Raymond Blake discovers there is a world of wine in Emilia-Romagna

When it comes to food there’s hardly another Italian region as celebrated as Emilia-Romagna. The three ‘Ps’ reign supreme here: Parmigiano Reggiano, Prosciutto di Parma and, of course, pasta. Pasta in all its many manifestations: the classic shape is tortellino, filled with ricotta cheese and modelled, according to legend, on Venus’s navel. It is tagliatelle, however, that is best known, cut to an official standard width of eight millimetres, and used in patrician ragù alla Bolognese, rendered into plebeian ‘spag bol’ in this part of the world. A famous dish infamously mangled. (If you value your gastronome’s reputation don’t mention spaghetti when visiting Bologna.)

And to drink? The classic local accompaniment to ragù is a Sangiovese di Romagna, a wine style not very well known outside the region, mainly because of the historical dominance of Lambrusco in export markets. That, combined in recent years with the hegemony of the super Tuscans, which dominated consumers’ perception of Italian wine, resulted in less lavishly flavoured wines being shoved to the margins. At first, this was a negative but because of the under-the-radar nature of her wines Emilia-Romagna escaped the ‘beefing up’ that afflicted nearly all prestigious wine regions worldwide. New oak and high alcohol became the twin pillars upon which reputations were built, pillars that proved less substantial than at first they appeared. Today, freshness, vitality and lightness are prized, all attributes that the wines of Emilia-Romagna have in abundance.

The region itself stretches for some 200 kilometres inland from the Adriatic and covers an area of about 22,000 square kilometres. The hyphenated name dates from 1947, when the constituent regions were amalgamated into what is now one of Italy’s most prosperous provinces. It is a varied and complex land with a history that stretches back to Etruscan times, while its capital Bologna is home to the world’s oldest university. No wonder its wines have to fight for recognition.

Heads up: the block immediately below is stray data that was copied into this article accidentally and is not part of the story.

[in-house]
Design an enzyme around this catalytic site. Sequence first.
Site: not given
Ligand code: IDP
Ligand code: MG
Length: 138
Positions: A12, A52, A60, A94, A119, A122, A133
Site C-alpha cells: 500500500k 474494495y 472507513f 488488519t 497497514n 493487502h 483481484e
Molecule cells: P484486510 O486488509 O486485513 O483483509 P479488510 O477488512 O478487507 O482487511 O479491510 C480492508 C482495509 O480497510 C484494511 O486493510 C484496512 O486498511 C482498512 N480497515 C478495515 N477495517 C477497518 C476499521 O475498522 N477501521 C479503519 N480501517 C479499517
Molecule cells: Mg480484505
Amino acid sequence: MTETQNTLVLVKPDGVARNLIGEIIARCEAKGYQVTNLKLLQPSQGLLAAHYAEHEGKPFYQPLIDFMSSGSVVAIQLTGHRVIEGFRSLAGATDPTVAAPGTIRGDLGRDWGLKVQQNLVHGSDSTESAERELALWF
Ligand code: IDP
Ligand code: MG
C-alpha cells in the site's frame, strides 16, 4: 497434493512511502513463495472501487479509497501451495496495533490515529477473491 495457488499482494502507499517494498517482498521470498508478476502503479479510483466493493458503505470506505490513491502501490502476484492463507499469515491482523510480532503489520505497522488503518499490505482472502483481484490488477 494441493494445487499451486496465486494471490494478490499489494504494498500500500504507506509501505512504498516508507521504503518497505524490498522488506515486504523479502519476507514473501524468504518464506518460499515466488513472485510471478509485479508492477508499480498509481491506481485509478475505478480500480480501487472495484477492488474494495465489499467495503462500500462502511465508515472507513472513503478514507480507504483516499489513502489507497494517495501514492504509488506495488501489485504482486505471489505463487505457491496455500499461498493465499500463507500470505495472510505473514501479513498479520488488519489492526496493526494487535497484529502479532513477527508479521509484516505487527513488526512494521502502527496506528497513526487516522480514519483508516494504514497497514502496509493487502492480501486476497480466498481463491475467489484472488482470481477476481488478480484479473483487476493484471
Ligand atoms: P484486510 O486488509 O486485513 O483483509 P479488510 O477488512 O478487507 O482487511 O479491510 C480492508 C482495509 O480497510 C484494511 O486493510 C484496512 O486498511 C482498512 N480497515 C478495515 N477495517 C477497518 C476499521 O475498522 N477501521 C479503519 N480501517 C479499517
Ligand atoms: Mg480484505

They are as varied as the landscape, yet the characteristic lightness on the palate is common to most. In addition to Sangiovese and Lambrusco, Pignoletto makes some of Emilia-Romagna’s most distinctive wines, with a bright ping of acidity as their signature. This acidity lends itself to the production of sparkling wines but the well made still wines should not be forgotten. There’s also Malvasia from the Parma area and a legion of other, lesser-known varieties: Burson, Centesimino, Ortrugo, Rambela, Spergola… In truth, there is a world of wine in Emilia-Romagna and Bologna is one of the great cities of Europe. A visit is a must.


In the latter decades of the last century the winemakers of Emilia-Romagna famously administered themselves a shot in the foot on a par with Beaujolais Nouveau in France, in the sense that it raised the image while simultaneously destroying the reputation. In this case Lambrusco was the vinous villain, industrially produced and doctored into semi-sweet anonymity: harmless, fizzy and forgettable. I never, ever, thought I would find myself saying a kind word about Lambrusco yet the good stuff has softened my antipathy and made me like more than the frothing cherry-violet colour as it is poured. There’s a dry, dark cherry note in place of the saccharine goo of yore. Try the ‘Concerto’ from Medici Ermete, sibling wine of the Sangiovese (below) to see what I mean.


Medici Ermete, Sangiovese Rubicone IGT 2016

Sangiovese in Emilia-Romagna makes ‘quieter’ wine than in its Tuscan heartland, nearby and to the south. There’s less edge to the flavour, the texture is softer and the finish attenuated. As such it makes for easier, less challenging drinking, light on the palate and light on the liver too, thanks to a modest hit of alcohol. This one is no exception, there’s balance and harmony rather than great depth or richness. As such it would make an appealing counterpoint to a classic ragù alla Bolognese.

La Stoppa, Trebbiolo Rosso 2014

If your tastes run to rich-textured wines plastered with oak (the make-up of the wine world) then you will need to ‘re-calibrate’ your palate before approaching this wine. Made from a 60:40 blend of Barbera and Bonarda by Elena Pantaleoni at her 50-hectare estate, this wine bounds out of the glass courtesy of a brisk, earthy and slightly pungent nose. There’s a tiny frizzante prickle on the palate and an appealing sauvage quality, along with more mainstream notes of sour cherries and perky tannins.

Villa Cialdini, Pignoletto Brut, Millesimato 2015

Pignoletto might well qualify as the forgotten white grape of Italy, though a visit to Emilia-Romagna would go a long way to rectifying that impression. The name probably comes from the shape of the bunch on the vine, which has the appearance of a pine cone or pigna. This version sports a bright gold colour, abundant mousse and a fruit ‘n’ floral nose. The palate is perky and fresh not deep or rich with a clean cut of acidity to keep things lively.